To the State of Israel and all its inhabitants,
The State of Israel was established 75 years ago as a Jewish state, at a time when there was no need to think about its Jewishness.
Are we a Jewish state just because most of the inhabitants are Jewish? Is our Jewishness only an ethnic-national component? I believe that the State of Israel can adapt Jewish values that were essential to Judaism for generations and are still the foundation of its spiritual essence. Therefore, for Israel’s 75th birthday, I would like to suggest adapting the value of tzimzum (contraction). This word is not used much nowadays, but contraction is one of the core essences of the Kabbalah, a beautiful wisdom that teaches us the proper way of life.
Rabbi Isaac Luria wrote: “In the beginning there was an eternal simple light, nothing was clearer than it. With the desire to create a world that will know greatness, God contracted itself and remained a vacant central space. There all worlds were enlarged.” According to the Kabbalah, before the creation of the world, God made space in order to allow a non-divine reality to exist. This is a dramatic ethical statement, because the basic assumption is that no existence is possible unless the ruling side contracts its being, and in a certain way gives up ownership.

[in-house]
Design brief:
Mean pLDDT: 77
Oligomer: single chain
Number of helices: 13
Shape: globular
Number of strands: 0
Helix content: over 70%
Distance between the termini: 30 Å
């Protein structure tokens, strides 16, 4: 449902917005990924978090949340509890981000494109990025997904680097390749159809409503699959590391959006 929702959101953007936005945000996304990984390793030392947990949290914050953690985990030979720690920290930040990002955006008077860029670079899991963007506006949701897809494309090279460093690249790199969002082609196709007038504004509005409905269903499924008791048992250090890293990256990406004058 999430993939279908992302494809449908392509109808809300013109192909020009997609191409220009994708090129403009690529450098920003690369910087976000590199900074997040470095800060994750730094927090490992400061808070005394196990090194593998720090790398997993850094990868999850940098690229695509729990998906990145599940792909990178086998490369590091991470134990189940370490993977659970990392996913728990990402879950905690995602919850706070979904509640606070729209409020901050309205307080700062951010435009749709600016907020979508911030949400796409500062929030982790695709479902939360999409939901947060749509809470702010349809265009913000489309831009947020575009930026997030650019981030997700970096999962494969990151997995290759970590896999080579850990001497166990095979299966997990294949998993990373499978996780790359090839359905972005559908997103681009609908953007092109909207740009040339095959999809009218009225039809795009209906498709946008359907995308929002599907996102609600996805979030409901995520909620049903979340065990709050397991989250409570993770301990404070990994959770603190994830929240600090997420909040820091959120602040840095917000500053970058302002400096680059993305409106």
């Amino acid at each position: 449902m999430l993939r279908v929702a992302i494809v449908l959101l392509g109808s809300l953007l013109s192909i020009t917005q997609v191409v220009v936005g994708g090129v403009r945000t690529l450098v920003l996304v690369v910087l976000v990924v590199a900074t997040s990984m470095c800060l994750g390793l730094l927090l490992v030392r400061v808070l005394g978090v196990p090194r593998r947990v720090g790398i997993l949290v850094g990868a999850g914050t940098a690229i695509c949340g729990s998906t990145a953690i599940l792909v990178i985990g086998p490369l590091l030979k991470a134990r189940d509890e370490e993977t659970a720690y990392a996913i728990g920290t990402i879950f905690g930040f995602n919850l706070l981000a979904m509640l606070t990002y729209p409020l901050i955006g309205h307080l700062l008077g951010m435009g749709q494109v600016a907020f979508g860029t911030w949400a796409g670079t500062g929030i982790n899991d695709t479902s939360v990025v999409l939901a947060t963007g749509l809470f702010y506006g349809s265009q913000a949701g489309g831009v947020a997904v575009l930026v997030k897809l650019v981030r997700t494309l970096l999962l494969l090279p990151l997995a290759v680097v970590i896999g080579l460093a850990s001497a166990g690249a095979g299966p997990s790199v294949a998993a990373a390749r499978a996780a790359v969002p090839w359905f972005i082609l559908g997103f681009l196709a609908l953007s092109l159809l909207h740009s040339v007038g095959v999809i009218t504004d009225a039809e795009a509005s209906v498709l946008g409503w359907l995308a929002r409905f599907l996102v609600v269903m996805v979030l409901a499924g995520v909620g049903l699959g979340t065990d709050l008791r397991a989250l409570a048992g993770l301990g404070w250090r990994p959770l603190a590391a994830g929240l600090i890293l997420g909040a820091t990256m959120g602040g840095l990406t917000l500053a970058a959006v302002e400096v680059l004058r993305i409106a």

We are commanded to resemble God and follow its path. If God, who is all good, contracted itself in order to allow humans to live their lives, then humans should resemble God in their relationships with other humans – personally and nationally – in order to make room for those around them.
Contraction is scary, certainly for a generation that is used to think about power as a superior value. But it is a must for all who desire life. Contraction is not an act of self-annulment, but rather an act of seeing the other. I contract myself so that the other can live next to me and among me.
May we all know how to contract ourselves a bit, in order to allow spiritual space to the neighbor next to us, to the social group who is different from us, and to other nations who share this land with us.
Gabriel Abensour is a PhD student at the Hebrew University in Jerusalem. His research is dedicated to the cultural and intellectual history of the Maghreb Jews. He was ordained at the Shalom Hartman Institute – Beit Midrash for Israeli Rabbis in 2021. Gabriel teaches in various places in Israel and abroad.